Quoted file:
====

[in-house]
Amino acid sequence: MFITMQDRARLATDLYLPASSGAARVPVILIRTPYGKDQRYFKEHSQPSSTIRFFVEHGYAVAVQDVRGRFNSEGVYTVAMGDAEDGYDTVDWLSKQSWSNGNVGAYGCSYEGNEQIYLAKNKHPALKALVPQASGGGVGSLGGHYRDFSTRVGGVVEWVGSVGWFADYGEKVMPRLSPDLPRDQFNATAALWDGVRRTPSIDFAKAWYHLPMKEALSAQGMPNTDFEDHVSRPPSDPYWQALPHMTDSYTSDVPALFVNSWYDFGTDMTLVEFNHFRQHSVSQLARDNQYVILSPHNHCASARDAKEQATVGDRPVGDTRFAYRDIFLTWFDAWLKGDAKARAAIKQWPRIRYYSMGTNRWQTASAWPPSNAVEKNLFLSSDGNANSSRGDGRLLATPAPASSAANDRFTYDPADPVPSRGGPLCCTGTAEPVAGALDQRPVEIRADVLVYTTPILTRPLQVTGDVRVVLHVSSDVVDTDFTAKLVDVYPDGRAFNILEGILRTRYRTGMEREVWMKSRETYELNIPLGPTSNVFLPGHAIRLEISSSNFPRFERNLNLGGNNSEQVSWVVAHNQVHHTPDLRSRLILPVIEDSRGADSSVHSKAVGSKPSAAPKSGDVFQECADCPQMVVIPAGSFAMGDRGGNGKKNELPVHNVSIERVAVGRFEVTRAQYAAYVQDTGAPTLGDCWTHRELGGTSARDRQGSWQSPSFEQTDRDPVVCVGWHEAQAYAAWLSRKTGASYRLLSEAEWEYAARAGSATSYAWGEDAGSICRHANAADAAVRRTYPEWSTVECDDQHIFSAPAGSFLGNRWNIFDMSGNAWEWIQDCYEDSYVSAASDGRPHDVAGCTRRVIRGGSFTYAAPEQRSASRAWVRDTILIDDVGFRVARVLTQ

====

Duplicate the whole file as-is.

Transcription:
[in-house]
Amino acid sequence: MFITMQDRARLATDLYLPASSGAARVPVILIRTPYGKDQRYFKEHSQPSSTIRFFVEHGYAVAVQDVRGRFNSEGVYTVAMGDAEDGYDTVDWLSKQSWSNGNVGAYGCSYEGNEQIYLAKNKHPALKALVPQASGGGVGSLGGHYRDFSTRVGGVVEWVGSVGWFADYGEKVMPRLSPDLPRDQFNATAALWDGVRRTPSIDFAKAWYHLPMKEALSAQGMPNTDFEDHVSRPPSDPYWQALPHMTDSYTSDVPALFVNSWYDFGTDMTLVEFNHFRQHSVSQLARDNQYVILSPHNHCASARDAKEQATVGDRPVGDTRFAYRDIFLTWFDAWLKGDAKARAAIKQWPRIRYYSMGTNRWQTASAWPPSNAVEKNLFLSSDGNANSSRGDGRLLATPAPASSAANDRFTYDPADPVPSRGGPLCCTGTAEPVAGALDQRPVEIRADVLVYTTPILTRPLQVTGDVRVVLHVSSDVVDTDFTAKLVDVYPDGRAFNILEGILRTRYRTGMEREVWMKSRETYELNIPLGPTSNVFLPGHAIRLEISSSNFPRFERNLNLGGNNSEQVSWVVAHNQVHHTPDLRSRLILPVIEDSRGADSSVHSKAVGSKPSAAPKSGDVFQECADCPQMVVIPAGSFAMGDRGGNGKKNELPVHNVSIERVAVGRFEVTRAQYAAYVQDTGAPTLGDCWTHRELGGTSARDRQGSWQSPSFEQTDRDPVVCVGWHEAQAYAAWLSRKTGASYRLLSEAEWEYAARAGSATSYAWGEDAGSICRHANAADAAVRRTYPEWSTVECDDQHIFSAPAGSFLGNRWNIFDMSGNAWEWIQDCYEDSYVSAASDGRPHDVAGCTRRVIRGGSFTYAAPEQRSASRAWVRDTILIDDVGFRVARVLTQ